A decision to maintain the patent in amended form may be delivered only when the patent proprietor has approved the new text inon the basis of which the Opposition Division proposesintends to maintain the patent and the opponent has had sufficient opportunity to comment on the proposed new text.
Both prerequisites can be fulfilled during oral proceedings at which the Opposition Division establishes a complete text including the amended description and, if necessary, the amended figures. In written proceedings, the necessary opportunity to comment on the new text proposed byon the basis of which the Opposition Division intends to maintain the patent can also be given to the opponent when a communication is issued to the parties. Once these requirements have been met, a separate communication under Rule 82(1) is neither necessary nor appropriate (see G 1/88).
If the patent can be maintained in the amended form, the Opposition Division should immediately try to obtain the patent proprietor's approval of the text in which the patent can be maintained and give the opponent an opportunity to comment on it. An interlocutory decision can then be delivered straight away.
If these requirements have still not been met and no oral proceedings are being held, a communication under Art. 101(1) must be issued. This also applies when it has been established in principle that the patent can be maintained in a particular form but a complete text expressly approved by the patent proprietor is not yet available.
The patent proprietor's approval of an amended version of the patent need not be given in a separate, express declaration; it may also be apparent from the circumstances, in particular from the fact that he has filed or requested the amended version. This applies equally to versions which have been filed as an auxiliary request. (For the wording of documents in oral proceedings, see E‑II, 8.11 and E-II, 8.11.1.).
The patent proprietor's approval can also be obtained through a communication under Rule 82(1) in which the Opposition Division informs the parties that it "intends to maintain the patent as amended" and invites them to "state their observations within a period of two months if they disapprove of the text in which it is intended to maintain the patent". If the patent proprietor fails to file objections to the text thus notified, he is considered to approve of it.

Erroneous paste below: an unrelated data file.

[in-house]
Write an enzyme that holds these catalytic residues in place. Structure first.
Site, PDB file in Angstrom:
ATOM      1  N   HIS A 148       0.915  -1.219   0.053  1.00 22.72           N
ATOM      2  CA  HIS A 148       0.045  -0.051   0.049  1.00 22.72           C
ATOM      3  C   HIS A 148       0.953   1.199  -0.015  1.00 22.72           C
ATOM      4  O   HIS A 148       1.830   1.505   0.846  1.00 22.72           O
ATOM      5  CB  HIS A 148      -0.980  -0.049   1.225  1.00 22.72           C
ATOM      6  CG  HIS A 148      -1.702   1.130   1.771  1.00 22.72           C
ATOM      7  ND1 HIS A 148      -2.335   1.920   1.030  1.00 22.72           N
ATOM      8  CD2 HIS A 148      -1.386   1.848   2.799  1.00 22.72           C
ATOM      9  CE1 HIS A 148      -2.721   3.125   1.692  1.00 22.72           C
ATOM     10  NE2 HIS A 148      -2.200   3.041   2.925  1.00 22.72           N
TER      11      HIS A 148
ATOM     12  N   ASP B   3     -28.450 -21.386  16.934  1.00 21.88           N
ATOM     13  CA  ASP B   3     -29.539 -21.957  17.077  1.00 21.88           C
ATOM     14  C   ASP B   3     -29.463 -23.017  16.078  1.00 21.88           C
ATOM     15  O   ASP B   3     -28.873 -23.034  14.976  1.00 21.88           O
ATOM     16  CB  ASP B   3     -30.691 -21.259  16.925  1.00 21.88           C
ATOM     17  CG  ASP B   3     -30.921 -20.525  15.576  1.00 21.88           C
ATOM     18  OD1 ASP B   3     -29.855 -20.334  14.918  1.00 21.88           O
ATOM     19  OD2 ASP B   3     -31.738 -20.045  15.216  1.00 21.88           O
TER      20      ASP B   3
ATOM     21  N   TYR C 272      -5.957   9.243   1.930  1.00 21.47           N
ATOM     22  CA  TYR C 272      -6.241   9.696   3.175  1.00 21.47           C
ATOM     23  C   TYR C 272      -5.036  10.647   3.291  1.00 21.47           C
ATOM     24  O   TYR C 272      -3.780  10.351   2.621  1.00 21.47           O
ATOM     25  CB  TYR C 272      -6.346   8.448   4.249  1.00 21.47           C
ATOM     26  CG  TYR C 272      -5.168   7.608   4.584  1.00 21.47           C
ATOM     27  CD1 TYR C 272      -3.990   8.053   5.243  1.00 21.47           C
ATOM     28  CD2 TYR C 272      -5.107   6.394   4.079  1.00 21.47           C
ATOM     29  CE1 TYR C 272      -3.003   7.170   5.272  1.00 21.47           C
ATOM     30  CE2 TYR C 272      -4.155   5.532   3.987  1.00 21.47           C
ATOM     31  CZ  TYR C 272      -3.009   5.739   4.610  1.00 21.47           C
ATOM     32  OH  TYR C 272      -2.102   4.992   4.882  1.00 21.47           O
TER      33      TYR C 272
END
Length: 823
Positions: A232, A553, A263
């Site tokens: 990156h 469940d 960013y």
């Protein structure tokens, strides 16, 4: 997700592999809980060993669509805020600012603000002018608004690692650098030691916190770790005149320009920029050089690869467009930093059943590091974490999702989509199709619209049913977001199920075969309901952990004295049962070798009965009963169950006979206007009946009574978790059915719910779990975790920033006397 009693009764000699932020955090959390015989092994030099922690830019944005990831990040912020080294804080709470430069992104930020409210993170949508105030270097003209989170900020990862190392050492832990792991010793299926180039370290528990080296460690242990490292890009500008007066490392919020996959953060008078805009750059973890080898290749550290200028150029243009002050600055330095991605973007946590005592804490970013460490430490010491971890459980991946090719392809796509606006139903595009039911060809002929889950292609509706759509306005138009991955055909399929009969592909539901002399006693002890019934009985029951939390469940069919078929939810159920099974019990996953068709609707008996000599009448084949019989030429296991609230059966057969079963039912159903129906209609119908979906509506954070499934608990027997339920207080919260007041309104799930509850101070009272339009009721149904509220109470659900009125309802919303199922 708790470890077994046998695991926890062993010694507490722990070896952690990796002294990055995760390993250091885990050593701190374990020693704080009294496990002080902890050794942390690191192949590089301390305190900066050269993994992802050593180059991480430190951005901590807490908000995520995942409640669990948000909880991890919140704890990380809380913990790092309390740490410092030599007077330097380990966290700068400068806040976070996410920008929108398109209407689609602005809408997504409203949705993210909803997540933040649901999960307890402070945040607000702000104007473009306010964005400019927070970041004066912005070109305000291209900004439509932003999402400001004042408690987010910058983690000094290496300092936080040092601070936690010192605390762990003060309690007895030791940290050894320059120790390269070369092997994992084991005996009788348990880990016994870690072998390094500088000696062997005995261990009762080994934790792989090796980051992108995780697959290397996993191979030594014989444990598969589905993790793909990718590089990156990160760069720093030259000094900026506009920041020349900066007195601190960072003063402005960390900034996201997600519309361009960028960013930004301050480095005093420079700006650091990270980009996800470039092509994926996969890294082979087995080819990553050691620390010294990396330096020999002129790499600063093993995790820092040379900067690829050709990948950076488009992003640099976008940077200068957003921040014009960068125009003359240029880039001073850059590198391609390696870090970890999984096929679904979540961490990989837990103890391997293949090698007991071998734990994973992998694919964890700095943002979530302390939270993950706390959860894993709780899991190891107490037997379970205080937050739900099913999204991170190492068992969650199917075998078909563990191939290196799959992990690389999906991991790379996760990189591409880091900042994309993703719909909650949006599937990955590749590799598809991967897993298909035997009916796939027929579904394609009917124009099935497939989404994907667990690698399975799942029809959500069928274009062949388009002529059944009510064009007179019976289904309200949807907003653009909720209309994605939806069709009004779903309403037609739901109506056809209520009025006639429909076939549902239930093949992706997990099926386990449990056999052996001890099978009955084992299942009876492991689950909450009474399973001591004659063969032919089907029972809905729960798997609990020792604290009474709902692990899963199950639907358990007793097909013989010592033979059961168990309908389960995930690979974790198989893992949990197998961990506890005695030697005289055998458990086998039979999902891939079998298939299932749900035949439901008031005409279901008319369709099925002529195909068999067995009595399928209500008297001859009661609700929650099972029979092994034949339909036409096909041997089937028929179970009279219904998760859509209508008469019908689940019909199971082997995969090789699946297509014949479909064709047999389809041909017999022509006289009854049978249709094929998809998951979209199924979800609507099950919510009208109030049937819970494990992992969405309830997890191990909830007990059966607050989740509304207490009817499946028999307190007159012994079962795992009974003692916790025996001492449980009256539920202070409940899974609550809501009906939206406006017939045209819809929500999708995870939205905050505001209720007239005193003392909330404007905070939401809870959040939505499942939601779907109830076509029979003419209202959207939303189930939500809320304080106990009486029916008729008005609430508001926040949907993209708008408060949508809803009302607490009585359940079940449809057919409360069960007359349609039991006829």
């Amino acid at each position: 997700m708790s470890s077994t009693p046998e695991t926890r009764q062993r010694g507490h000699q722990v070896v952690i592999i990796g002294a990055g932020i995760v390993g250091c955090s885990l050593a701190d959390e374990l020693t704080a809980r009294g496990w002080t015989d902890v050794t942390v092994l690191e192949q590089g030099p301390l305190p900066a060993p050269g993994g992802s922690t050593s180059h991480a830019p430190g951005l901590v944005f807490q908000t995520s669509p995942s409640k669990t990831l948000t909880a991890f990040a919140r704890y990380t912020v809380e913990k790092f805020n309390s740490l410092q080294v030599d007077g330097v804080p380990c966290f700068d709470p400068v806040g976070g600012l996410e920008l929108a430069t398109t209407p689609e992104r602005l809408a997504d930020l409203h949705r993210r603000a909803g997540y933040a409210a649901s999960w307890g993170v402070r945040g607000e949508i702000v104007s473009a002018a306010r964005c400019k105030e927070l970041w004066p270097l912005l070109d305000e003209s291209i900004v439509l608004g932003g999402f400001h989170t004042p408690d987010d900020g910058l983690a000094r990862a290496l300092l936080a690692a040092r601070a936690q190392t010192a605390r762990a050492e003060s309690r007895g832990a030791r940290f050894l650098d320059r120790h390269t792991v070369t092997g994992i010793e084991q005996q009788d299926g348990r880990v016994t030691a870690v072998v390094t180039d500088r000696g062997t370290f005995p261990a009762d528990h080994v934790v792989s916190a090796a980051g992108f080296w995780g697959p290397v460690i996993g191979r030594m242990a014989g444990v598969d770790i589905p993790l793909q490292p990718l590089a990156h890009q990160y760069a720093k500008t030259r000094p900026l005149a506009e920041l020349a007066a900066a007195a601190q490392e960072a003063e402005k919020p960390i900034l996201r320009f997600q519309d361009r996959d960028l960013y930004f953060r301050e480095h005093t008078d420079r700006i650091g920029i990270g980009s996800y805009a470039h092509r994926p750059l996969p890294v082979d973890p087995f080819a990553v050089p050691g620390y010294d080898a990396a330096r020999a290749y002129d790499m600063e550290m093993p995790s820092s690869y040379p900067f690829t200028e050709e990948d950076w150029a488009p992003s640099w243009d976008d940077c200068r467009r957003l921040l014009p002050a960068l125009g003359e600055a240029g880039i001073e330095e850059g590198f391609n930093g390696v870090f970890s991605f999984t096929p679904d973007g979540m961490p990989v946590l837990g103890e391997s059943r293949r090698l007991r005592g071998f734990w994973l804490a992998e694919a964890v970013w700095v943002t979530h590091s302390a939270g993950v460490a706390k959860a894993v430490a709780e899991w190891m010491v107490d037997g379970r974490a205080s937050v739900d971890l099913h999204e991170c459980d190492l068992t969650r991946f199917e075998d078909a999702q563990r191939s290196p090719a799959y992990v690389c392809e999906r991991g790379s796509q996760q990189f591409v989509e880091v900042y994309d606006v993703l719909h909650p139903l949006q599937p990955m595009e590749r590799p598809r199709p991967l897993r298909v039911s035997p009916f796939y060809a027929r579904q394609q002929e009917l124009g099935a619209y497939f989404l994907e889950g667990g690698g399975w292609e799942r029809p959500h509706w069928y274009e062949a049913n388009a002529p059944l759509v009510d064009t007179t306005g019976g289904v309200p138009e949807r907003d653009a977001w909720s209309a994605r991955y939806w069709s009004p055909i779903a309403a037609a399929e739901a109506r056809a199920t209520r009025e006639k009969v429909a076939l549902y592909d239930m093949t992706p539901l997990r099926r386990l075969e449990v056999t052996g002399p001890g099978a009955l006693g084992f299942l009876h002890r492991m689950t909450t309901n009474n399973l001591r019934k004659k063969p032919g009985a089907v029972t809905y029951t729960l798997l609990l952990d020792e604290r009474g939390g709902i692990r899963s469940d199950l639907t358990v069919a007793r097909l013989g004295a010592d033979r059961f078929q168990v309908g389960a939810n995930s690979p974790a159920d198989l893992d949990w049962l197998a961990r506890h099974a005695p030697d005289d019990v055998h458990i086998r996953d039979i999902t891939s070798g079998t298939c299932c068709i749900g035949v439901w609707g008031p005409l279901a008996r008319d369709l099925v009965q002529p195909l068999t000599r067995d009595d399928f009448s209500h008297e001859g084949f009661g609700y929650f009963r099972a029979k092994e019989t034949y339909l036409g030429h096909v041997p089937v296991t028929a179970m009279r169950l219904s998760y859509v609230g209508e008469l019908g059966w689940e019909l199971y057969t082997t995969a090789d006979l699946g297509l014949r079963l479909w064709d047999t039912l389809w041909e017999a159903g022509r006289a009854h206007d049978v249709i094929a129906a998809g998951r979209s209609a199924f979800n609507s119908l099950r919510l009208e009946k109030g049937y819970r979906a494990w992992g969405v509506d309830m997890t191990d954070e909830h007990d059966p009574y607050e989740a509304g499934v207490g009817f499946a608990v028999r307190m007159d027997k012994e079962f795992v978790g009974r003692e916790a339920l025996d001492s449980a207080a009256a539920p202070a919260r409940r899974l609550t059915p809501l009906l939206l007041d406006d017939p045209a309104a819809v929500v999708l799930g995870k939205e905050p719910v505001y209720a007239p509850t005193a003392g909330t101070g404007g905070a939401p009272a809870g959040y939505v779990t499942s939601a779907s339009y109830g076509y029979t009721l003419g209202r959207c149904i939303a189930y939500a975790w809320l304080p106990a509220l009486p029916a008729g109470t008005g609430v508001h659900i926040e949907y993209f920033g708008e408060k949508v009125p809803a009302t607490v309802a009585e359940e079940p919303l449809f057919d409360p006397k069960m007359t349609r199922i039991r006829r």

Generally speaking, this communication is useful only if the Opposition Division considers that the complete document expressly approved by the patent proprietor, on which the opponent has been able to comment, still requires amendments. However, these must not go beyond such editorial changes to the wording as appear absolutely necessary by comparison with the text most recently submitted or approved by the patent proprietor. The Opposition Division should draw attention to such amendments and state why they are required if they are not self-explanatory.
If within the period specified in the communication, or in a communication under Rule 82(1), the patent proprietor objects to the text in which the patent is to be maintained, the proceedings are continued. The European patent can be revoked in the subsequent proceedings if the patent proprietor objects to the text and fails to submit new, properly amended documents despite having been requested to do so.
If an opponent objects to the text communicated to him in which it is intended to maintain the patent, the Opposition Division will continue examining the opposition if it considers that the EPC prejudices the maintenance of the patent in the text initially envisaged.